Closing Sindh government primary schools
Karachi, Nov 02: The news that the Sindh education
department plans to shut down over 1,100 government primary schools
across the province because they are "non-viable" is cause for concern.
It needs to be ascertained what has made these schools "non-viable": is
it that successive governments have neglected education, or are other
factors responsible? The Sindh education minister claims advertisements
were published in newspapers listing the schools and seeking the
objections of stakeholders. But as report correctly pointed
out, the ad says nothing about inviting objections; it is simply a
massive, ambiguous list enumerating the details of the schools. The
minister said the ad was published so that "non-viable" schools could be
removed from the education department's record and their buildings used
for "some better purpose". The government must make it clear what this
"better purpose" is, which necessitates the closure of such a large
number of schools.
It would be understandable if the government were holding an
administrative exercise, for instance short-listing schools located in
the same compound that have been merged but that still exist as separate
entities on government rolls. But it would be inexcusable if the
government has made plans to shut down the schools without having a
coherent strategy in place to improve academic standards.
Nationalisation - though perhaps well-intentioned - has proved an
ill-judged move and the prime minister's recent comments appear to have
restarted the debate on its effects on Pakistan's system of education.
Yet that does not allow the government to abdicate its responsibility of
providing quality education to the people. The state of education
across the country is far from satisfactory. In Sindh's context,
especially with the 18th Amendment making education a provincial
subject, it must be asked whether the move to close down so many schools
will improve the situation - or make it worse. In fact, the state needs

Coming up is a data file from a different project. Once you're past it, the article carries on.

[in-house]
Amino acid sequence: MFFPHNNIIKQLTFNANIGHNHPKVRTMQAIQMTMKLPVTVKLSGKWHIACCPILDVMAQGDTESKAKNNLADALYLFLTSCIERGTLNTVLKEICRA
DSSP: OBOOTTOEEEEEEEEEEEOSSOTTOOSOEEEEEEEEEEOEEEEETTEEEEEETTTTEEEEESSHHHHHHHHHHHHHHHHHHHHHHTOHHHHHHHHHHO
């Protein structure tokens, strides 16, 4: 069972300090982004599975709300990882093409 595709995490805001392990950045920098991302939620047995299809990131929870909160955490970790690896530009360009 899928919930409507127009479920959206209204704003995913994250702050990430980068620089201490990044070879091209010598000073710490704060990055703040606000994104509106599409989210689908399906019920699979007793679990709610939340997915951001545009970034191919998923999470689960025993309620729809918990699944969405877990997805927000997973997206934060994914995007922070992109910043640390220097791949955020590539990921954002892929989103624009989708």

to improve the quality of education offered in public-sector
institutions and apply innovative techniques to do so. Some NGOs have
done commendable work in bringing quality education to the
underprivileged. Perhaps the state can combine forces with such
organisations to help improve the public school system. Dawn
"An elementary education degree can be used in a variety of ways, but the most common way is to use it toward a license to teach on the elementary grade level"
Name: Elementary Education
City, Country: us
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City, Country: lodhran
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FUUAST to hold international conference on 14th
Karachi: Laboratory of Dendrochronology and Plant Ecology, Department
of Botany, Federal Urdu University of Arts, Science and Technology
(FUUAST), Karachi is organising the 2nd International Science Conference
and workshop on Dendrochronology from Nov 14 to November 19, 2010.
Minister of Science and Technology Dr Muhammad Azam Khan Swati has
accepted to be the chief guest of this event. According to organisers,
Professor Dr Moinuddin Ahmed, the main purpose of this event is to
familiarise the students with this applied and rapidly growing branch in
addition to the researchers, general public, policy makers and
specially those organisations, NGO'S, Govt. Dept. and research
organisation that are involved in environment, forestry and water
The main focus during the event will be on the exploration
of the past (300 to 500 years) flow of Indus River. In modern days, it
is a scientific fact that no reliable water planning is possible without
using Dendrochronological techniques. Developed countries, including
India are rapidly adopting this methodology and providing scientific
water planning. Dr Ahmed said that they had offered WAPDA to provide
free transfer of technology if they assign at least two young